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Poem: "A Wife Explains Why She Likes Country" by Barbara Ras, from One Hidden Stuff. © Penguin Poets. Reprinted with permission. (buy now)

A Wife Explains Why She Likes Country

Because those cows in the bottomland are black and white, colors
anyone can understand, even against the green
of the grass, where they glide like yes and no, nothing in between,
because in the country, heartache has nowhere to hide,
it's the Church of Abundant Life, the Alamo,
the hubbub of the hoi polloi, the parallel lines of rail fences,
because I like rodeos more than I like golf,
because there's something about the sound of mealworms and
leeches and the dream of a double-wide
that reminds me this is America, because of the simple pleasure
of a last chance, because sometimes whiskey
tastes better than wine, because hauling hogs on the road
is as good as it gets when the big bodies are layered like pigs in a cake,
not one layer but two,
because only country has a gun with a full choke and a slide guitar
that melts playing it cool into sweaty surrender in one note,
because in country you can smoke forever and it'll never kill you,
because roadbeds, flatbeds, your bed or mine,
because the package store is right across from the chicken plant
and it sells boiled peanuts, because I'm fixin' to wear boots to the dance
and make my hair bigger, because no smarty-pants, just easy rhymes,
perfect love, because I'm lost deep within myself and the sad songs call me out,
because even you with your superior aesthetic cried
when Tammy Wynette died,
because my people
come from dirt.

Literary and Historical Notes:

It's the birthday of one of the few Catholic priests who's ever been a best-selling novelist, Andrew Greeley, (books by this author) born in Oak Park, Illinois (1928). Soon after his ordination in 1954, Greeley decided that he had other interests beyond running a parish. He went on to get a Ph.D. at the University of Chicago, and he became a professor of sociology. He began writing about the changing role of religion in society and eventually published more than 60 books on sociology, religion, and other subjects. But he also began to write novels, and he generated a storm of controversy with his fourth novel, The Cardinal Sins (1981).

The Cardinal Sins tells the story of a young Irish boy named Patrick Donahue from Chicago's West Side who becomes a priest and then rises through the ranks of the church hierarchy, eventually becoming the archbishop of Chicago and a cardinal. Along the way, he takes a mistress and fathers an illegitimate child. At the time, many people thought the novel was a veiled attack on Cardinal John Cody, then the Archbishop of Chicago.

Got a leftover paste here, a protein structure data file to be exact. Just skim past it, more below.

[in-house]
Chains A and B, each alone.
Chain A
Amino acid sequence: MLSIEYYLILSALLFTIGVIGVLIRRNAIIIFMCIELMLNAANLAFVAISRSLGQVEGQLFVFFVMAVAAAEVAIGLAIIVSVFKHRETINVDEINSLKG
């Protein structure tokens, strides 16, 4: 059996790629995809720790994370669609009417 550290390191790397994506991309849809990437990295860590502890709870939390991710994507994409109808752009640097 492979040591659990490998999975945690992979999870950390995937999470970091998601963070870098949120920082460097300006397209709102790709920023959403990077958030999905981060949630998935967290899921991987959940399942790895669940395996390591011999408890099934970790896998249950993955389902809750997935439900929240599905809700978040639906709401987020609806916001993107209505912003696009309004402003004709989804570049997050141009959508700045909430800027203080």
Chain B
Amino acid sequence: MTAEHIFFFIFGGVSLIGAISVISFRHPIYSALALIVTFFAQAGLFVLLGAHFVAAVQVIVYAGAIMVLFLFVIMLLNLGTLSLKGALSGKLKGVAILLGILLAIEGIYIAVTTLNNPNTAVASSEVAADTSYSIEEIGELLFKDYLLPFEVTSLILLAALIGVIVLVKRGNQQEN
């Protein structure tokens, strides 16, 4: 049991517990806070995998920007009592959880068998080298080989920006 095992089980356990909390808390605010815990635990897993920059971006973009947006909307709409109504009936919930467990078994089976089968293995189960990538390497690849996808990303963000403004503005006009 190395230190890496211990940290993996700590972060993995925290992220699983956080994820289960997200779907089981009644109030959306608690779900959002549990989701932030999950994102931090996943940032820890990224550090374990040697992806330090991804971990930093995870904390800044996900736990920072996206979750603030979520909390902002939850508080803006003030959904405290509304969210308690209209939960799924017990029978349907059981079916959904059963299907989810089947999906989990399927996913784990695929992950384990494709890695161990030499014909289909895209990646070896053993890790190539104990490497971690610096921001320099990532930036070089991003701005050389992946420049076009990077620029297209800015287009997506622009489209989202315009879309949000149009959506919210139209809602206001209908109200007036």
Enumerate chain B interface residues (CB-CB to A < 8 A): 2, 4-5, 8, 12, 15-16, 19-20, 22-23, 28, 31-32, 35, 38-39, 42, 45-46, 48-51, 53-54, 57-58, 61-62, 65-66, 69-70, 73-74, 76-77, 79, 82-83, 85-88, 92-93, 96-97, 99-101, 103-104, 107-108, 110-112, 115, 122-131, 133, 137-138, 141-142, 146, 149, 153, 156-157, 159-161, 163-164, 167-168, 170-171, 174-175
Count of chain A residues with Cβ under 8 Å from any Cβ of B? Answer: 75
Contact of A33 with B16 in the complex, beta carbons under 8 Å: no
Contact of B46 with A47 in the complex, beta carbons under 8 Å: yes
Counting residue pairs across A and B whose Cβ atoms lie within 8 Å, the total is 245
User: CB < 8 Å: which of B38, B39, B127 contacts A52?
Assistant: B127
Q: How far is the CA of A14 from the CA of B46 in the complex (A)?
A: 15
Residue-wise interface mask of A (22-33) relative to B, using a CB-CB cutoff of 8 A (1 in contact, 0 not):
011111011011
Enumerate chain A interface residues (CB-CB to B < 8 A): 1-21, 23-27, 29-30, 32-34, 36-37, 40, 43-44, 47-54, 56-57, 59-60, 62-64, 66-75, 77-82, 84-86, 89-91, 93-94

Greeley went on to write several other novels that were controversial, in part because they exposed the behind-the-scenes world of the Catholic Church, and in part because they often contained explicit sex scenes. He was eventually ostracized by his local church leaders, and when he tried to donate $1 million of the proceeds from his books to the Chicago Catholic schools, they refused to take his money. He said, "It was arguably the first time in history the Catholic Church has turned down money from anyone."

Greeley has now written more than 150 books, which have sold more than 15 million copies. When asked how he can write so much, he said, "I suppose I have the Irish weakness for words gone wild. Besides, if you're celibate, you have to do something."

It's the birthday of a French woman famous for writing letters, Marie de Sévigné, born in Paris (1626). She wrote, "We like so much to hear people talk of us and of our motives, that we are charmed even when they abuse us."

It's the birthday of the novelist William S (Seward) Burroughs, (books by this author) born in St. Louis, Missouri (1914). He was the grandson of a man who'd gotten rich inventing an adding machine, and he grew up in one of St. Louis's wealthiest communities. But Burroughs never fit into the society his parents belonged to, and he didn't fit in at Harvard either. He kept a ferret and a .32-caliber revolver in his dorm room. He started writing, but when a piece of his was rejected by Esquire magazine, he was so disappointed that he didn't write again for six years. He tried to enlist in the military, but he was turned down by the Navy,and when he got into the Army infantry, his mother arranged for him to be given a psychiatric discharge.

So, at 30 years old, he moved to New York City and got involved in a bohemian scene. It was there that he was introduced to two younger men, Allen Ginsberg and Jack Kerouac. He also got addicted to heroin, and wrote his first book about it, a memoir called Junky. It came out in 1953. But his friends had to help him piece together the fragments that became the book he's best known for: Naked Lunch (1959).

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Poem: "Goodbye, New York" by Deborah Garrison, from The Second Child. © Random House. Reprinted with permission. (buy now)

Goodbye, New York
          (song from the wrong side of the Hudson)

You were the big fat city we called hometown
You were the lyrics I sang but never wrote down

You were the lively graves by the highway in Queens
the bodega where I bought black beans

stacks of the Times we never read
nights we never went to bed

the radio jazz, the doughnut cart
the dogs off their leashes in Tompkins Square Park